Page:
Scientists For The Next 100 Years

Wednesday, February 7th 2007, 9:49 am
By: News On 6

Where will the country’s next generation of scientists come from? Who will keep the United States ahead of the rest of the world in technology, the biosciences and medical research?

The state of Oklahoma is nurturing the best young minds it can find to boost the state’s future economy. And as a taxpayer, you have a stake in how they do. News On 6 anchor Scott Thompson reports on the Oklahoma School of Science and Mathematics, looking ahead to the next 100 years.

At 18, Maggie Qi is already an accomplished pianist. She composed several musical pieces and while she wants to continue playing throughout her life, her other goal is to become a neurosurgeon.

Since coming to the Oklahoma School of Science and Mathematics from Union High School, she's realized she can accomplish both. “We all work toward a common goal which is a successful future with whatever we want to do with our lives.” As an upcoming graduate of OSSM, it would be wise to bet on Maggie's future success.

OSSM is Oklahoma's public, residential, high school for juniors and seniors who show exceptional ability in science and mathematics. It's an incubator, in other words, for homegrown scientists and mathematicians. OSSM administrator Dr. Edna Manning says, “You know historically we've always imported scientists but what we're finding is that Oklahoma's young people have an interest in it and they're capable of competing with anybody in the world given the chance to prepare.”

Since the first graduating class in 1992, the students have come from every county in Oklahoma. It's very tough to get in, just ask Jacob Cantu from Owasso. “I think it's supposed to make you stop and think, 'if I have to do this just to get in, what's it gonna be like once I get in'?” 16-year old Jacob Cantu thought the challenges would be greater here than back home at Owasso High School. Boy, was he right. He's faced failure at the Oklahoma School of Science and Mathematics for the first time in his school career and he loves it. “I wanted to push myself. I wanted to do something more than just what I was doing because I was comfortable with what I was doing.”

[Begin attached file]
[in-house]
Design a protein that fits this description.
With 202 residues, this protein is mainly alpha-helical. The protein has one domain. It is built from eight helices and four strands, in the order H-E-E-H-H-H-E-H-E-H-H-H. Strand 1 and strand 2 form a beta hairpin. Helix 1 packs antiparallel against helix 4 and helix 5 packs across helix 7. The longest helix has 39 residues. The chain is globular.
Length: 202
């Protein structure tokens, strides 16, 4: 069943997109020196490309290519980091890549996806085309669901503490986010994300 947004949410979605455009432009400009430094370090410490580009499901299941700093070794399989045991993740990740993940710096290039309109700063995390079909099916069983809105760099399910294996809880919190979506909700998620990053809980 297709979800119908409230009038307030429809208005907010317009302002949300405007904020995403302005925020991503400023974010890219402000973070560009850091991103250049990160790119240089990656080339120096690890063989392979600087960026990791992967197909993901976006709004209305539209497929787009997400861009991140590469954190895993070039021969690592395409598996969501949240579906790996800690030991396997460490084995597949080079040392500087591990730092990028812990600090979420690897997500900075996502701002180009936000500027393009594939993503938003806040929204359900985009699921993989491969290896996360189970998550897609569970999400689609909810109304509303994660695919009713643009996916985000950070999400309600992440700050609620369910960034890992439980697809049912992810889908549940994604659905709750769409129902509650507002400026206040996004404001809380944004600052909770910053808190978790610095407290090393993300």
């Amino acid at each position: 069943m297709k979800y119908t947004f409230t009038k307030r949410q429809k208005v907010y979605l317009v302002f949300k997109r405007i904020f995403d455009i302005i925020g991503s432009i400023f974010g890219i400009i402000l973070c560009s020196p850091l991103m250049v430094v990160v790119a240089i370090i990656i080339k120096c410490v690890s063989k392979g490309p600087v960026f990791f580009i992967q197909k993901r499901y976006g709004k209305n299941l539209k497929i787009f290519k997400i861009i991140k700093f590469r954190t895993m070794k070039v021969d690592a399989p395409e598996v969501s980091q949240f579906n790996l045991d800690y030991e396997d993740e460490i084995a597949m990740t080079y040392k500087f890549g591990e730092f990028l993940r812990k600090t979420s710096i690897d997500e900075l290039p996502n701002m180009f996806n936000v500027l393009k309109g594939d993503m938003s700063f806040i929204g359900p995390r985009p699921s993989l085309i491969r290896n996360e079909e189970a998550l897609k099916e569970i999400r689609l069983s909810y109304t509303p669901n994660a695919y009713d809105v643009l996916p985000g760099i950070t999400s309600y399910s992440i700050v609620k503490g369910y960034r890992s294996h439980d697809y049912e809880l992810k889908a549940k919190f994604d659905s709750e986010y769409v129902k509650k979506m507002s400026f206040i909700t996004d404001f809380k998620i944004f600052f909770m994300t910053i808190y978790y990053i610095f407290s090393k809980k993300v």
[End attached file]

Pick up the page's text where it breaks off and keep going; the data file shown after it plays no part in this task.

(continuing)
Comfort, they'll tell you at OSSM, leads to complacency. And neither Oklahoma, nor the United States, can settle for complacency any more. That's why the State of Oklahoma covers the tuition costs of every student who comes here. “They will be the doctors and the scientists, the teachers and I tell them I look forward to calling one of them 'Governor' one day,” says Dr. Edna Manning.

Sandwiched between downtown Oklahoma City and the State Capitol building, the 32-acre campus is self-contained. 144 students live two-to-a-room in a dormitory. There's a beautiful new library and a new Science Center. Most classes are held in an old public school building that's been tastefully renovated.

It's like starting college two years early. The courses are advanced college-level, and 80 percent of the faculty, like Dr. Jan Post, hold doctorate degrees. After having spent a year at a public high school, Dr. Post appreciates having a class full of motivated students and he loves the challenge. “Keep them motivated, yes, and also provide them with projects they find interesting, some research projects that we do.” That's often done across the street at the Oklahoma Health Sciences Center. That's where Maggie Qi spends some time. “And we're working on anti-cancer, working on synthesizing and purifying an anti-cancer, various anti-cancer compounds to see if they show anti-cancer activities.”

Don't get the idea they're super-human. They're kids. Jacob Cantu still calls his mom every day. After all, it's a big adjustment moving away from family and friends at this age. Still, they make the sacrifice because the rewards are just too great. For themselves and for the nation they'll no doubt make a better place. “I'm convinced there's a cure to lots of things in these young people's minds and I'm convinced there's some Nobel laureates in this crowd, it's just a matter of time,” says Dr. Edna Manning.

To find out more about the Oklahoma School of Science and Mathematics, visit their website at